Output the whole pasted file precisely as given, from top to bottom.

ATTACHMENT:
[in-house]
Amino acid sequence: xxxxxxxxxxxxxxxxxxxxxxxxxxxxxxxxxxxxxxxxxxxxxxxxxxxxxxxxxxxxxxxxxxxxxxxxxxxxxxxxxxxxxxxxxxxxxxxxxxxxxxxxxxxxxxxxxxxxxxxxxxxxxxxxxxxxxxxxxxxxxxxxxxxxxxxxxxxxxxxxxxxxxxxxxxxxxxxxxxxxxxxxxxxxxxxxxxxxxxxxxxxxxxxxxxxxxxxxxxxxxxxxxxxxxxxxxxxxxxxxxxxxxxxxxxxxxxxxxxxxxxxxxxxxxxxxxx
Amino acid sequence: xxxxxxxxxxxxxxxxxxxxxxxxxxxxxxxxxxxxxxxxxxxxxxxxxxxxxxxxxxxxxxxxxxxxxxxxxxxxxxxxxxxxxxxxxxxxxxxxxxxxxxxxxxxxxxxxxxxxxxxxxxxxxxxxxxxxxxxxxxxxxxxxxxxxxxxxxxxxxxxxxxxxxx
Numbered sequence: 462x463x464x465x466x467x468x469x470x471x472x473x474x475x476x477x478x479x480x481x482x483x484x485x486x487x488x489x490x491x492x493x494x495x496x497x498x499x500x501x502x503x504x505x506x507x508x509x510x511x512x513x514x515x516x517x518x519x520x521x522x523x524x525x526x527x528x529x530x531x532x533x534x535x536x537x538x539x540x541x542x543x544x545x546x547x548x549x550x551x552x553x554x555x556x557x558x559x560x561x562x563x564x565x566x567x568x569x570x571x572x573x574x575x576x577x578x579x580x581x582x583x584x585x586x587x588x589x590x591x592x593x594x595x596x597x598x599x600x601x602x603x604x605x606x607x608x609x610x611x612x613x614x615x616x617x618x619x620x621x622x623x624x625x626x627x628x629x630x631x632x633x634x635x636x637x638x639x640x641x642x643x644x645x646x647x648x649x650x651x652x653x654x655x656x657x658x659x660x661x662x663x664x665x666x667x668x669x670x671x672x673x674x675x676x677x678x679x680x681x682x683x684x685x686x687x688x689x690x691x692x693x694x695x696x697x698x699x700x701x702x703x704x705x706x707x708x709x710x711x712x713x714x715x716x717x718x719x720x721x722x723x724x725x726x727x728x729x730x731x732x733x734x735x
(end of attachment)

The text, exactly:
[in-house]
Amino acid sequence: xxxxxxxxxxxxxxxxxxxxxxxxxxxxxxxxxxxxxxxxxxxxxxxxxxxxxxxxxxxxxxxxxxxxxxxxxxxxxxxxxxxxxxxxxxxxxxxxxxxxxxxxxxxxxxxxxxxxxxxxxxxxxxxxxxxxxxxxxxxxxxxxxxxxxxxxxxxxxxxxxxxxxxxxxxxxxxxxxxxxxxxxxxxxxxxxxxxxxxxxxxxxxxxxxxxxxxxxxxxxxxxxxxxxxxxxxxxxxxxxxxxxxxxxxxxxxxxxxxxxxxxxxxxxxxxxxx
Amino acid sequence: xxxxxxxxxxxxxxxxxxxxxxxxxxxxxxxxxxxxxxxxxxxxxxxxxxxxxxxxxxxxxxxxxxxxxxxxxxxxxxxxxxxxxxxxxxxxxxxxxxxxxxxxxxxxxxxxxxxxxxxxxxxxxxxxxxxxxxxxxxxxxxxxxxxxxxxxxxxxxxxxxxxxxx
Numbered sequence: 462x463x464x465x466x467x468x469x470x471x472x473x474x475x476x477x478x479x480x481x482x483x484x485x486x487x488x489x490x491x492x493x494x495x496x497x498x499x500x501x502x503x504x505x506x507x508x509x510x511x512x513x514x515x516x517x518x519x520x521x522x523x524x525x526x527x528x529x530x531x532x533x534x535x536x537x538x539x540x541x542x543x544x545x546x547x548x549x550x551x552x553x554x555x556x557x558x559x560x561x562x563x564x565x566x567x568x569x570x571x572x573x574x575x576x577x578x579x580x581x582x583x584x585x586x587x588x589x590x591x592x593x594x595x596x597x598x599x600x601x602x603x604x605x606x607x608x609x610x611x612x613x614x615x616x617x618x619x620x621x622x623x624x625x626x627x628x629x630x631x632x633x634x635x636x637x638x639x640x641x642x643x644x645x646x647x648x649x650x651x652x653x654x655x656x657x658x659x660x661x662x663x664x665x666x667x668x669x670x671x672x673x674x675x676x677x678x679x680x681x682x683x684x685x686x687x688x689x690x691x692x693x694x695x696x697x698x699x700x701x702x703x704x705x706x707x708x709x710x711x712x713x714x715x716x717x718x719x720x721x722x723x724x725x726x727x728x729x730x731x732x733x734x735x